Here’s a great shared blog post from my writer friend Sandy Baker. She also writes primarily for children.
“Show, don’t tell.” That’s the admonition from the experts whether you’re writing songs, novels, short stories, or memoir. For example, adjectives are descriptors, but some are “empty” and don’t provide information that shows us anything new; they do not let the reader experience the moment. When you describe a flower or woman as pretty or gorgeous, you’re saying nothing except that neither the flower nor the woman is ugly. You’re not saying in what way the woman or flower is pretty. Show the beauty, don’t tell it. Paint a word picture. You can describe a flower as having sea- shell pink petals that form a perfect outward spiral, touched with sparkling diamond droplets from the early morning dew and swaying on slender prickly stems toward the earth from the weight of the saucer-sized blooms. Vivid. Now the reader can visualize the flower and decide what pretty is, whereas, using just…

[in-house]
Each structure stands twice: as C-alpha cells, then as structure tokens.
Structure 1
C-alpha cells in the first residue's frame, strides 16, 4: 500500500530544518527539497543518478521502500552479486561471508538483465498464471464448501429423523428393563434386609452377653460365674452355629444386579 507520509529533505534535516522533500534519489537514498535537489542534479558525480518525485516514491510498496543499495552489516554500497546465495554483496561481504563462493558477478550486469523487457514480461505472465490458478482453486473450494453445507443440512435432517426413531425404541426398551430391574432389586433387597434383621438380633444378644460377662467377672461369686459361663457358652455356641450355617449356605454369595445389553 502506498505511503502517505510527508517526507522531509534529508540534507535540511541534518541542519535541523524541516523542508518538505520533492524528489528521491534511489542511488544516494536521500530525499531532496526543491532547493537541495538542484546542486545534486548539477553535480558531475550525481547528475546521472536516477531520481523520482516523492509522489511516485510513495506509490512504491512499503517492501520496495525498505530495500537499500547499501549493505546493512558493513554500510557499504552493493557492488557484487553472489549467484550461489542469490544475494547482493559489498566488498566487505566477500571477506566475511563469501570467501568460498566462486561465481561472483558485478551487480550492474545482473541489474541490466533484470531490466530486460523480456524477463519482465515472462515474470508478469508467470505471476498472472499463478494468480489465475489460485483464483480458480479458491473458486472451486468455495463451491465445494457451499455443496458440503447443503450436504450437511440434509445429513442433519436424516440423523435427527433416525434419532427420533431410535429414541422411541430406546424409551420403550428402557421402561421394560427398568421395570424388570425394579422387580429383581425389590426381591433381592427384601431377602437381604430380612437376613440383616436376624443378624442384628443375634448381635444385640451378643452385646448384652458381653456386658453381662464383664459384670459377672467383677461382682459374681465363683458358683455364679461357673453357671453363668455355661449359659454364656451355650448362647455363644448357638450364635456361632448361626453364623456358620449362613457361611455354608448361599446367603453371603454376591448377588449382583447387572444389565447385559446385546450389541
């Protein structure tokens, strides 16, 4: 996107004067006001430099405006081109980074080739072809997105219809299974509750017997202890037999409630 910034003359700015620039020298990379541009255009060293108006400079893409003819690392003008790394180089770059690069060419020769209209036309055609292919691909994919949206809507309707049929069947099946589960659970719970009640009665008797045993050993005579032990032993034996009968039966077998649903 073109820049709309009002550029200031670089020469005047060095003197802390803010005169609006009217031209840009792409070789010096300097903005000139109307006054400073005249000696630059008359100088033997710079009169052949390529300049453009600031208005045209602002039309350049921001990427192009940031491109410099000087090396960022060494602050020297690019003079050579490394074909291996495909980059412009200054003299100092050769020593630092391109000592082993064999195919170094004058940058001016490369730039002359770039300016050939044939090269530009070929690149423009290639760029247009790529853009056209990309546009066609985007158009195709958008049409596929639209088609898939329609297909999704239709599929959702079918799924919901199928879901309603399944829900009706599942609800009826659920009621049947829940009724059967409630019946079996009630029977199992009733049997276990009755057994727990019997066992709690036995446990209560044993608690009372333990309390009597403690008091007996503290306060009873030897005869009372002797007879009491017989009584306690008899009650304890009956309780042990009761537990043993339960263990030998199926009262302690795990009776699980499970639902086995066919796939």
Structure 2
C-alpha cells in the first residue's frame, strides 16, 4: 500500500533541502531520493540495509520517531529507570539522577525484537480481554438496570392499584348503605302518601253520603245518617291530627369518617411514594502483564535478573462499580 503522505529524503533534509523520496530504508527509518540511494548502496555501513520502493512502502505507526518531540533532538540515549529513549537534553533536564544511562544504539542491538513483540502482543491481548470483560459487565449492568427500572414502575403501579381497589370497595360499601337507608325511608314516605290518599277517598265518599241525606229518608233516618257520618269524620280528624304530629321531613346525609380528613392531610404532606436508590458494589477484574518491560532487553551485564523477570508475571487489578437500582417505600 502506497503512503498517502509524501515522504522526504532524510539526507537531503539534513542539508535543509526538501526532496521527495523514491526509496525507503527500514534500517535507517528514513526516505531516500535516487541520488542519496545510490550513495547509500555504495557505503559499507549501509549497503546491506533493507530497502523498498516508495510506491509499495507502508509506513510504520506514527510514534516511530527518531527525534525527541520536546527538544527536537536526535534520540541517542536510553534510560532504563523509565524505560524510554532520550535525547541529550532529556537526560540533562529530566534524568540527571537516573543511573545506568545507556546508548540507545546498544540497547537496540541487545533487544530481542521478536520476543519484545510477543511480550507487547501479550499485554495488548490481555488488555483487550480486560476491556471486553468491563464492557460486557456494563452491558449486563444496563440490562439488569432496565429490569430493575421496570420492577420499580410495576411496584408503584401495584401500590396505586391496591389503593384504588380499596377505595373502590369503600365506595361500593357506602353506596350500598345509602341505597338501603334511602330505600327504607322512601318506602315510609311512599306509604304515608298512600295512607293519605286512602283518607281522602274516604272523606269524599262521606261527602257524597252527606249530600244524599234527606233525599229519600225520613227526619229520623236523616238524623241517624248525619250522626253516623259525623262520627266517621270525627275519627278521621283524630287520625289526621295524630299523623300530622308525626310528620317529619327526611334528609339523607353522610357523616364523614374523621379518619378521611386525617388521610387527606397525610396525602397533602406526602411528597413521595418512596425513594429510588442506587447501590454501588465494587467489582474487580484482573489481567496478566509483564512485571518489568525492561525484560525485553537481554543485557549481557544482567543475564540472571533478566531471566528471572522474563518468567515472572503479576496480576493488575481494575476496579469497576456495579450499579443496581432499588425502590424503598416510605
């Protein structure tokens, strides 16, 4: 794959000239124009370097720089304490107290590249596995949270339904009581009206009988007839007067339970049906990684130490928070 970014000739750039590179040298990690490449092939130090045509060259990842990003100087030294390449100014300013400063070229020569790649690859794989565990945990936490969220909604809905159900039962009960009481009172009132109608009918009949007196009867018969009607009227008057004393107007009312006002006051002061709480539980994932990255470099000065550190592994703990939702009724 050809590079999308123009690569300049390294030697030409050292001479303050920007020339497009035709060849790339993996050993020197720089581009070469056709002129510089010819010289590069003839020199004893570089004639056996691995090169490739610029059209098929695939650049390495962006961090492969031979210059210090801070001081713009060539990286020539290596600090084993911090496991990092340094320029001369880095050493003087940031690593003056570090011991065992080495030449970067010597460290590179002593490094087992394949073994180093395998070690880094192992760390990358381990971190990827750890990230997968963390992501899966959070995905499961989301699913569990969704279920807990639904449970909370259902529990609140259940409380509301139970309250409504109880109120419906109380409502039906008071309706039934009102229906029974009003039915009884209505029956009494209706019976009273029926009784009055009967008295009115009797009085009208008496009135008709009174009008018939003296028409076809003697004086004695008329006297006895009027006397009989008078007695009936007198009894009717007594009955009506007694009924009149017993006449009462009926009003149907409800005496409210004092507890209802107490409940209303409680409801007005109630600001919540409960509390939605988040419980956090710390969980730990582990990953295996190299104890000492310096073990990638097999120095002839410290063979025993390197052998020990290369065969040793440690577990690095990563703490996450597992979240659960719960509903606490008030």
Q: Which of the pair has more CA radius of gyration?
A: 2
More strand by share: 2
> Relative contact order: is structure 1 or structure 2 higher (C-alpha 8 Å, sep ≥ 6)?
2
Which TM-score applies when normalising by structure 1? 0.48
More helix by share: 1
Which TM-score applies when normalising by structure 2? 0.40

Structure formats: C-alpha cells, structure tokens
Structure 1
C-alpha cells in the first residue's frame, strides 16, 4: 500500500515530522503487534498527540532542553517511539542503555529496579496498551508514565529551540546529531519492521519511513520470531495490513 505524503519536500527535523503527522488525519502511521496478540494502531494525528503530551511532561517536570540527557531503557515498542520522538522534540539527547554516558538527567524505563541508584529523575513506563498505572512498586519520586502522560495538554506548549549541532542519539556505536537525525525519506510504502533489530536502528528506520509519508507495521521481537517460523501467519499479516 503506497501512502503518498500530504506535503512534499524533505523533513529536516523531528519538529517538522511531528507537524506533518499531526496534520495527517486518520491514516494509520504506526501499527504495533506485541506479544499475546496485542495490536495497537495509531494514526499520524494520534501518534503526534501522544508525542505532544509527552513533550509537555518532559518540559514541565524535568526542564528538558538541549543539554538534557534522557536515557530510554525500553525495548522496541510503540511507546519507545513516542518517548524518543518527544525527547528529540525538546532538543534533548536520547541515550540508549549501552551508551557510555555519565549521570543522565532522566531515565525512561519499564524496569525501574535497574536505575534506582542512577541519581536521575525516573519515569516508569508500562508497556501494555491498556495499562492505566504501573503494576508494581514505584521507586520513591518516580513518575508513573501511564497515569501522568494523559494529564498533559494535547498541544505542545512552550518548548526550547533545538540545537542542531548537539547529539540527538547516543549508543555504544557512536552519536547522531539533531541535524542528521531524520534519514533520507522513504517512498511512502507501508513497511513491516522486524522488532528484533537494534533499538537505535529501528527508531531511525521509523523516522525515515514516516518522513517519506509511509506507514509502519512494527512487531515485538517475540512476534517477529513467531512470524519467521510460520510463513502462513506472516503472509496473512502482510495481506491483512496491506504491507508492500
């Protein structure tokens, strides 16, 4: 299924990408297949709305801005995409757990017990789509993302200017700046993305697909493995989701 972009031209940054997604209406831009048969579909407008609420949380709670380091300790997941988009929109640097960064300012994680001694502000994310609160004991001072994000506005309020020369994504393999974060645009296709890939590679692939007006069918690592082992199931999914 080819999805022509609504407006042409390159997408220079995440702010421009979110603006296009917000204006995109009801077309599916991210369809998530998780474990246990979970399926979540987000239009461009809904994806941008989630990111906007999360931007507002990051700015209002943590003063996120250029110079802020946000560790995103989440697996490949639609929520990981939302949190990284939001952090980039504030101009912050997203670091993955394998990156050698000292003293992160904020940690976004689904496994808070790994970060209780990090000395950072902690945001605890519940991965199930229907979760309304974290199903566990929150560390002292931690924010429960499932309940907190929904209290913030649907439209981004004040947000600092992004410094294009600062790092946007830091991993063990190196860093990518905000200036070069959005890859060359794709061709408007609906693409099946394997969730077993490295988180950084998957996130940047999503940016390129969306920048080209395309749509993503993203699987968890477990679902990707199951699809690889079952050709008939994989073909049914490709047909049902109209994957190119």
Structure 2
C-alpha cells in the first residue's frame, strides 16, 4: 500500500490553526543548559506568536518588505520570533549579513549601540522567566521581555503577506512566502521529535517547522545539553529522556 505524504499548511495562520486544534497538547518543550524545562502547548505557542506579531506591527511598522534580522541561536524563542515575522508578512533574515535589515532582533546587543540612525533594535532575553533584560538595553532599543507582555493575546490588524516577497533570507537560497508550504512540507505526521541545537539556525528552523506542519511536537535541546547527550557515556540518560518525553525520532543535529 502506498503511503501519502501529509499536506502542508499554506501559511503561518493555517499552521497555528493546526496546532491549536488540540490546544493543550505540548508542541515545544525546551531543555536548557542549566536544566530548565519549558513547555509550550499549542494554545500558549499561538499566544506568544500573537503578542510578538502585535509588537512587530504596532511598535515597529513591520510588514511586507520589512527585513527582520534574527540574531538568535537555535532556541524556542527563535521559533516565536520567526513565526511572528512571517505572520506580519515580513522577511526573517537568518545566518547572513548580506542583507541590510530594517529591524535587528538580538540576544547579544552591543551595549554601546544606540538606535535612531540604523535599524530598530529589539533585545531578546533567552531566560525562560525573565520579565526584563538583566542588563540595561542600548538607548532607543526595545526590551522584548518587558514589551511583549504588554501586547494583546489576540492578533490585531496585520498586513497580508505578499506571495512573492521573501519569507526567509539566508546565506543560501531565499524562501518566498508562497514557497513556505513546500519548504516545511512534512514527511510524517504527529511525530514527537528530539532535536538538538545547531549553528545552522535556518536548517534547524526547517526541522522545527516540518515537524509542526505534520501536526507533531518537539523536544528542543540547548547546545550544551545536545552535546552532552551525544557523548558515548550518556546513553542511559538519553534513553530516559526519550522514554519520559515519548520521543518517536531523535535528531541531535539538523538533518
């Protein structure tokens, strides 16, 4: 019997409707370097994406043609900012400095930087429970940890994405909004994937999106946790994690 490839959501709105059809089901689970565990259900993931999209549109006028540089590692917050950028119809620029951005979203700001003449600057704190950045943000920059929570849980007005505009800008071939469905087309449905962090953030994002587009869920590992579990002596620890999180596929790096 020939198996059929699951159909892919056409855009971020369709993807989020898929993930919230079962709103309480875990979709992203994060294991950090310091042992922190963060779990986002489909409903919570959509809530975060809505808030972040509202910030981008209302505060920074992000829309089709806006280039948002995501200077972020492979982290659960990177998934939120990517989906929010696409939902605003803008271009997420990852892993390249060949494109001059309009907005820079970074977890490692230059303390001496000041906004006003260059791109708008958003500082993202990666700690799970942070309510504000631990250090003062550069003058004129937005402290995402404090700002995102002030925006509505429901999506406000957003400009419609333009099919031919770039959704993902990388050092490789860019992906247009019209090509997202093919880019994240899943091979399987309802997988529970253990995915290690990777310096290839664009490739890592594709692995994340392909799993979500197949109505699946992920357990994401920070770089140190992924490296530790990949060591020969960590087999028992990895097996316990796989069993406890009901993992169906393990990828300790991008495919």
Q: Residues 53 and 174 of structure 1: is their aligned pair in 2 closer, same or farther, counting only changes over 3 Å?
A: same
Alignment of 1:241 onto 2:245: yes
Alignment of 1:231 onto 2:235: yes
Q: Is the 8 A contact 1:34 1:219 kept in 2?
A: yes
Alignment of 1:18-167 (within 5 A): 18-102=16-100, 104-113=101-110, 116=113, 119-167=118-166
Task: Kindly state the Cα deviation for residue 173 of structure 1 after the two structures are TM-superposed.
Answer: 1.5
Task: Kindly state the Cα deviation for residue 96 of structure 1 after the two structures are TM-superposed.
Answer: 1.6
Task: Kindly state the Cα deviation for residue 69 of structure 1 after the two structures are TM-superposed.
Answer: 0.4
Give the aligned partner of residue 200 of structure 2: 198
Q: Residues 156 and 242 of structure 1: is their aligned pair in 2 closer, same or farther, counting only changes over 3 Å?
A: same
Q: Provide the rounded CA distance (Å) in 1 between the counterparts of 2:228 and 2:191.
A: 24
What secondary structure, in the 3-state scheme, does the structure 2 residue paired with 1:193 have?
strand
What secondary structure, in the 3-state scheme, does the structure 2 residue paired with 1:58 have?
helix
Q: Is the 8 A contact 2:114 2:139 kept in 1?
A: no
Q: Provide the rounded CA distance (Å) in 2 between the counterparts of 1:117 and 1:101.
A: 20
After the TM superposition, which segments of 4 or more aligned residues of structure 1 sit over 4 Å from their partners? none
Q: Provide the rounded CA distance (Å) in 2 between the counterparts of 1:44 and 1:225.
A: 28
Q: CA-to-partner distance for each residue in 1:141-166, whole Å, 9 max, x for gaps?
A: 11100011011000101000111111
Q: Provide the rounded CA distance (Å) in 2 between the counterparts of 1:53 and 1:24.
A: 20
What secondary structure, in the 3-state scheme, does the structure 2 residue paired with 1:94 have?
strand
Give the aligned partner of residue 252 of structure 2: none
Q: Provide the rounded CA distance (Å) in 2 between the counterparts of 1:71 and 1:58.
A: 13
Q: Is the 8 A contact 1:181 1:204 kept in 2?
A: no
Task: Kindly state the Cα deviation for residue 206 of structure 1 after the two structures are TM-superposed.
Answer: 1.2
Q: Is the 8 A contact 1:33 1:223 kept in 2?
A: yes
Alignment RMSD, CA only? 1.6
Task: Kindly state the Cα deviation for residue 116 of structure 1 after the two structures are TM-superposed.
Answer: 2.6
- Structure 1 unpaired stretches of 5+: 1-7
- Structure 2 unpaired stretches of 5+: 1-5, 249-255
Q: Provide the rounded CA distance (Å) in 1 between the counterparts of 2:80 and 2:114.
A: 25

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Excellent blog, vividly written, Sandy. Thanks, Robin, for posting it.
Thanks, Robin, for the reblog, and Arletta, for the comments. It’s an especially important issue in writing for young children when there are so few words in a kid’s book.